The style of a champion . . . Rowland Smith. PHOTO/PETE NIKOLAISON
Bare results didn’t tell the whole story of the open shearing final at the Golden Shears on Saturday night.
Yes, hot favourite Rowland Smith from Maraekakaho won the title for the third successive time, and fifth time overall, but even though that was thoroughly predictable, the manner in which victory was achieved made it one of the most exciting finals in the history of this iconic event.
And more particularly for the large Wairarapa contingent in a good-sized crowd as it was our very own David Buick of Pongoroa who ensured that Smith had to fight every inch of the way to again capture the major prize.
Buick was magnificent, just as he had been in the semi-finals when he emerged as top qualifier for the blue ribbon competition.
Still in the process of recovering from a “flu bug which struck him mid-week, he engaged in a memorable battle with Smith for the distinction of being the first to complete their 20 sheep.
It was Smith who had the edge through the early stages but Buick was always close behind and there was a deafening roar in the War Memorial Stadium when he overtook Smith going into his last sheep and completed his 20 in a sizzling 16mins 29.6secs with Smith clocking 16mins 32secs.
Current world champion John Kirkpatrick of Napier was next to finish in 19mins 54secs, followed by ex-world champion Gavin Mutch (Whangamomona) and a couple of high-profile South Islanders Murray Henderson (Halcombe) and Nathan Stratford (Invercargill).
It was a now a matter of whether Buick had also matched Smith in terms of quality to become the first Wairarapa shearer ever to win the open final at Golden Shears, and for locals desperate to celebrate such an occasion, the wait between the end of the event and the announcement of the results seemed like an eternity.
Unfortunately for Buick however it was not to be, with Smith’s better standard of work eventually giving him an advantage of more than 2pts, but to simply say Buick had been brave in defeat would not do justice to the enormity of his performance
It truly was a staggering effort against an opponent whose name is now being mentioned in the same breath as the great Sir David Fagan, who just happened to win 16 Golden Shear open titles and was part of the audience wowed by the latest edition.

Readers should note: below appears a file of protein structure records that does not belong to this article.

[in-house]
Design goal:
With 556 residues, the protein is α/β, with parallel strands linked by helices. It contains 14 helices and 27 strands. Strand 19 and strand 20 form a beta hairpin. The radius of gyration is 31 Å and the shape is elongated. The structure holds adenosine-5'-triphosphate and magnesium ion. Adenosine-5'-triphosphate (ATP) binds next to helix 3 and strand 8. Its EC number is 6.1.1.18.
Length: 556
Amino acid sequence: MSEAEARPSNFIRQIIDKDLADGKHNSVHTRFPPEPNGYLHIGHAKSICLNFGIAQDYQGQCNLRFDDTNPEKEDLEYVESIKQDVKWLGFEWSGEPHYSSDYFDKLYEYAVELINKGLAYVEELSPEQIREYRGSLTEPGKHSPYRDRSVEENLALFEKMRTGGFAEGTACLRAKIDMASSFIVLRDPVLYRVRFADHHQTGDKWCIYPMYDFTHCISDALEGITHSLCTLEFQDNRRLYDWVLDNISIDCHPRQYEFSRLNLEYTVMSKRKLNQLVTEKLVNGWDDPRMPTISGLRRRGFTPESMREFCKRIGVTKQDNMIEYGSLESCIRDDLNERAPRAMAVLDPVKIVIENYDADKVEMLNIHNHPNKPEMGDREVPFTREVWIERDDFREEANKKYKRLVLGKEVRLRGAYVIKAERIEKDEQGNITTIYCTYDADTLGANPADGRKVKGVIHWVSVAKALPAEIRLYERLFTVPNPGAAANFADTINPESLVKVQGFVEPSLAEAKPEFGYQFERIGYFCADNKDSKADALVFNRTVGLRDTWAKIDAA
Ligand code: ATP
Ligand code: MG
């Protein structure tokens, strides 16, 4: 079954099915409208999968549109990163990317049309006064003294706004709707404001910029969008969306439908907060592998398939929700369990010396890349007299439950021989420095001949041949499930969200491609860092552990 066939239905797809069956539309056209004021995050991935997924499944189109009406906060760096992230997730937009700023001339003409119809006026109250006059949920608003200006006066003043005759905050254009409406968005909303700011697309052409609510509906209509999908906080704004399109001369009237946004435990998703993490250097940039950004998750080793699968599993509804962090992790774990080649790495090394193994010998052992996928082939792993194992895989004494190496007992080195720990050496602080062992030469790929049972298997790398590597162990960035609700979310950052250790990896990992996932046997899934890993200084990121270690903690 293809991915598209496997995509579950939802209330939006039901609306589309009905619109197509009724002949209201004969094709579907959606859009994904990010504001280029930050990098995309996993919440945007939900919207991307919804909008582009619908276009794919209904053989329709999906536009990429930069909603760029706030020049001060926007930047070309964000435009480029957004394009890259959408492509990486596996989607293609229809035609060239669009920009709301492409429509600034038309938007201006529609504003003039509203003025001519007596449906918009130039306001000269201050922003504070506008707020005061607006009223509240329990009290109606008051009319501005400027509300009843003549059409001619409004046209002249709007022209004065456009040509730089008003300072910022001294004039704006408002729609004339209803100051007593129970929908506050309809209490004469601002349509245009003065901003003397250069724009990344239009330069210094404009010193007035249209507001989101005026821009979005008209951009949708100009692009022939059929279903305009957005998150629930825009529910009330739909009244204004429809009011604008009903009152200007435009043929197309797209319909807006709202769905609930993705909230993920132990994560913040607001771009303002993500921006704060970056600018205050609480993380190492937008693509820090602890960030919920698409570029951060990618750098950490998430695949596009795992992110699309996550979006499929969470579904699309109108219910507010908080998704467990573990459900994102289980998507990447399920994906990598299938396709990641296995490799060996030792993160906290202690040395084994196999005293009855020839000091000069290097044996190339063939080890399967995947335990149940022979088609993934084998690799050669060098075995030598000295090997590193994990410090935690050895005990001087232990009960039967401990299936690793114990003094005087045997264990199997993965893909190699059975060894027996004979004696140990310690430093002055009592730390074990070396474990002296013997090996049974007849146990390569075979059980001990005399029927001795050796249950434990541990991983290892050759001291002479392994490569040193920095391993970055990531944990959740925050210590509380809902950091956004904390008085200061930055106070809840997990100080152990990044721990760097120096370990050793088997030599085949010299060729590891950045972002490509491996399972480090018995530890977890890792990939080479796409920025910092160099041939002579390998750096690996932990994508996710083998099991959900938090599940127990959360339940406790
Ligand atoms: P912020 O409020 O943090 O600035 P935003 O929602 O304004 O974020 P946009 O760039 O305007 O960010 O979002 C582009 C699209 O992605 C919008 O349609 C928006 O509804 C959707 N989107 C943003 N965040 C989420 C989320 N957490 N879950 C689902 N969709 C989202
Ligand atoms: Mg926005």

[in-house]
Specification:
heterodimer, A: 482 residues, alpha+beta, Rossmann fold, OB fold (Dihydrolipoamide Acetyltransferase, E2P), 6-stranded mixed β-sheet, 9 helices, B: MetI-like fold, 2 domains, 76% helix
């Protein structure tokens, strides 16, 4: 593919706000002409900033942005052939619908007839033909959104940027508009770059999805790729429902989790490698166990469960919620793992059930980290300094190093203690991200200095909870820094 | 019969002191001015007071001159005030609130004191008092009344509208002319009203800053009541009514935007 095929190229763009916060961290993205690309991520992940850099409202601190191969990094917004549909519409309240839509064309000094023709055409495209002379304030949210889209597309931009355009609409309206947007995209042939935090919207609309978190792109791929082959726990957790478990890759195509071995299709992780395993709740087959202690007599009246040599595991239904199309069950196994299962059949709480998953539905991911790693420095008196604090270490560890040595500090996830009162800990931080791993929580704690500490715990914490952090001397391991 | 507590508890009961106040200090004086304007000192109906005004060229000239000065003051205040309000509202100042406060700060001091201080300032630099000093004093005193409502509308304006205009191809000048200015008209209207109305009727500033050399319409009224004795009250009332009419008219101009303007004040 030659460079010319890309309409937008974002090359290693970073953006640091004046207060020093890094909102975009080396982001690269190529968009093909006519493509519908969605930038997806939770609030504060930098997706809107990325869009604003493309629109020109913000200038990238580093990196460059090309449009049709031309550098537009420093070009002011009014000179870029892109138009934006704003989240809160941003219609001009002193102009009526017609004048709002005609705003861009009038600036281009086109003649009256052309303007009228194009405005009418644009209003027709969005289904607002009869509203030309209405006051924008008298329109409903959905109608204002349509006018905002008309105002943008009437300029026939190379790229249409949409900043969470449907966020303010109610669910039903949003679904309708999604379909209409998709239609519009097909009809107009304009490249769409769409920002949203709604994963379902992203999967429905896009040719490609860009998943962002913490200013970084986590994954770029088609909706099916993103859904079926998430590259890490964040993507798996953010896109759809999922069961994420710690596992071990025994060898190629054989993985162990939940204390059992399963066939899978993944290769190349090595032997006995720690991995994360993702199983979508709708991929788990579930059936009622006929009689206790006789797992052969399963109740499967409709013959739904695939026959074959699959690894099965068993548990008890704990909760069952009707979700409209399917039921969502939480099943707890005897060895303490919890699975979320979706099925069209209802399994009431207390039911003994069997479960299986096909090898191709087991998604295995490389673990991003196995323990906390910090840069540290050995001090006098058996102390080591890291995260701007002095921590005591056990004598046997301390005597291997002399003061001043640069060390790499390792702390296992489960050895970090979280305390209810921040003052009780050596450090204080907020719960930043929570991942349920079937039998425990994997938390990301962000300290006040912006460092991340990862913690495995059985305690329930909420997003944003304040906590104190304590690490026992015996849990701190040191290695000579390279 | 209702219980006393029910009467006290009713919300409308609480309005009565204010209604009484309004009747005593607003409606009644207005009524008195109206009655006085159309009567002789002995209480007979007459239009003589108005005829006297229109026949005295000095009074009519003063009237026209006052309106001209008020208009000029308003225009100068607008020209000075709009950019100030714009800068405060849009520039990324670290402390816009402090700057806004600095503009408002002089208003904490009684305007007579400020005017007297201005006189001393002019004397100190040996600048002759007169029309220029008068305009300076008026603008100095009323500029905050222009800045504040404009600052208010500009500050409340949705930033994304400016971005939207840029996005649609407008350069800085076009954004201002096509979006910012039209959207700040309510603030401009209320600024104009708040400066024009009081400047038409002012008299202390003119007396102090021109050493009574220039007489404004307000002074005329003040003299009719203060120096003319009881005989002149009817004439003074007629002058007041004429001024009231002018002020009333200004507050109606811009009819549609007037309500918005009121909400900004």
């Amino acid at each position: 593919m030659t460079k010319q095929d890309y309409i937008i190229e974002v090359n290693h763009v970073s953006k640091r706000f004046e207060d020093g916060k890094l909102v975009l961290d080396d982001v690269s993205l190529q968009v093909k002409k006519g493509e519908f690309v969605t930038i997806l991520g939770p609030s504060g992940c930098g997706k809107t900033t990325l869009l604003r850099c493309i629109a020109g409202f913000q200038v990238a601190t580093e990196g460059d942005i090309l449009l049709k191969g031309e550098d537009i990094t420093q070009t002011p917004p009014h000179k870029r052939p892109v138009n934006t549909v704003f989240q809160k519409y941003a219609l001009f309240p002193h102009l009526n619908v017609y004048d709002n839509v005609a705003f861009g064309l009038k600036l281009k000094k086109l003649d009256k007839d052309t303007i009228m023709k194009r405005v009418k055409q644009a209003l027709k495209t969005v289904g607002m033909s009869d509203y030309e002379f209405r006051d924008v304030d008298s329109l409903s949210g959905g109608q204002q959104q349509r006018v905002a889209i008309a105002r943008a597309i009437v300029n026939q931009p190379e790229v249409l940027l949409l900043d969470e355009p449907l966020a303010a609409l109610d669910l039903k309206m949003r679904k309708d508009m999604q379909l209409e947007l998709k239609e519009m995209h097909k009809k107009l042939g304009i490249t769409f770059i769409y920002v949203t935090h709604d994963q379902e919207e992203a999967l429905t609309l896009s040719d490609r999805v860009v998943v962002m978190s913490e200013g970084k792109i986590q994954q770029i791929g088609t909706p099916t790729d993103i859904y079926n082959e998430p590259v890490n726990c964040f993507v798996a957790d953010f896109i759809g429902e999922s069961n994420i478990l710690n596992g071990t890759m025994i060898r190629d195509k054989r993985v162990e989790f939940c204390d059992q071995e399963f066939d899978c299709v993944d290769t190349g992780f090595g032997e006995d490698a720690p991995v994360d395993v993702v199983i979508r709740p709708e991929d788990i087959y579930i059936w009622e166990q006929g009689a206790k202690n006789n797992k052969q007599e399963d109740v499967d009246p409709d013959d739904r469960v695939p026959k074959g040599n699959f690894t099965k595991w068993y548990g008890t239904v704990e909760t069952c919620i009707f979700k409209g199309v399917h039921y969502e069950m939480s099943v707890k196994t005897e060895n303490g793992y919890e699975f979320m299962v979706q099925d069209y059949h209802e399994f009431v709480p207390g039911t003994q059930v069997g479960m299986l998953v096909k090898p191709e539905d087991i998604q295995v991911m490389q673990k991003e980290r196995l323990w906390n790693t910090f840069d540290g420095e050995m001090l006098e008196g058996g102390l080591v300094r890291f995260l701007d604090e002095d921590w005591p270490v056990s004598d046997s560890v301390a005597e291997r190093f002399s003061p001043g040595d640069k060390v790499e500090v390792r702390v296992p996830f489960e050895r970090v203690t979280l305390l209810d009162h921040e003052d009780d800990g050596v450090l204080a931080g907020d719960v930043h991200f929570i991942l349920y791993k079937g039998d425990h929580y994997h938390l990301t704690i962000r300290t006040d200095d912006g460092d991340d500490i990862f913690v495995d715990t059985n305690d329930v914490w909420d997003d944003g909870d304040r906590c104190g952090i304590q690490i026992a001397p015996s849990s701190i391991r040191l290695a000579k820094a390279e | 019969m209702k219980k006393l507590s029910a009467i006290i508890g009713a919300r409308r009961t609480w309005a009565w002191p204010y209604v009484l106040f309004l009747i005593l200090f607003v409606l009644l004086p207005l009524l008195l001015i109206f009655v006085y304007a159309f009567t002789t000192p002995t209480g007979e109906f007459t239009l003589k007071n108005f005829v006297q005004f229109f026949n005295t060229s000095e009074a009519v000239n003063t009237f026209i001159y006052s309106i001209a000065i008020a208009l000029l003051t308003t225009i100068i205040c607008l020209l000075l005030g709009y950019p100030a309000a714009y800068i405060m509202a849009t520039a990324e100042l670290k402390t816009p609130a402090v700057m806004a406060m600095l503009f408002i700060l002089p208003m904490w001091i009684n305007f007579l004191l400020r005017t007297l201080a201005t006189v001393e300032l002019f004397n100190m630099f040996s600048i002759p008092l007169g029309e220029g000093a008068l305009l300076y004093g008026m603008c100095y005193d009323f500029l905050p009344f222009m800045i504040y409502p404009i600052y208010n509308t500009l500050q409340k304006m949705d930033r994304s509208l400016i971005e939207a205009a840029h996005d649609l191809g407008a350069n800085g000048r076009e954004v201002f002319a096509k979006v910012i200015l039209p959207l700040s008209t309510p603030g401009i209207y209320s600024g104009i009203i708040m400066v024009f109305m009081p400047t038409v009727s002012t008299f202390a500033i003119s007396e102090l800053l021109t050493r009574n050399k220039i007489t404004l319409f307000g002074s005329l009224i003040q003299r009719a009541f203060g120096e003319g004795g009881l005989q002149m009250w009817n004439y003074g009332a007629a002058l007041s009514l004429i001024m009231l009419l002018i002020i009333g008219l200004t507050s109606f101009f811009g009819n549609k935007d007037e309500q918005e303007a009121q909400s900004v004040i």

Buick, 39, was “absolutely delighted” with his second placing, his best in open competition at the Golden Shears, saying afterwards that while the body was still feeling the effects of his illness, the support in the crowd had given him a huge lift.
“It was unbelievable, it certainly helped me to keep going as quick as I could.
“There were a few aches and pains but when you hear noise like that you soon forget about them.
“It’s very humbling to have that sort of support.”
For Buick though, the thrill of having clocked fastest time was tempered by the knowledge that his points advantage over Smith, less than 1pt, for that effort might not be enough to give him the title.
“He (Smith) is so good on quality that you can never count him out, you always hope this might be your day but I wasn’t really surprised when the results were announced.”
Smith who also picked up the trophies for best quality points in the open final and best quality points in any final, was typically humble when addressing the crowd after his success.
“It’s a huge honour to win such an awesome final . . . it doesn’t get any harder than the Golden Shears,” he said.
There was no disgrace either for Kirkpatrick in placing third behind Smith and Buick.
He had earlier won the PGG Wrightson Circuit final as well as joining Smith and Stratford in the New Zealand team which lost their transtasman “test” against Australia, a huge testimony to his fitness and stamina.
The open woolhandling final also produced a predictable result with Gisborne’s Joel Henare securing that title for the sixth time but there was more to it than that as this was Henare’s 100th open class victory a feat marked by a haka performed by his supporters and the presentation of a cake.
Henare was “rapt” with the victory, noting that he had started his open class career at the age of just 15, “I didn’t even have a licence then.”
Runner-up to Henare was Pagan Karauria, formerly of Masterton but now of Alexandra, with Sheree Alabaster (Taihape) third and Maryanne Baty (Gisborne) fourth.
Henare had earlier combined with Baty to win the woolhandling “test” against the Aussies.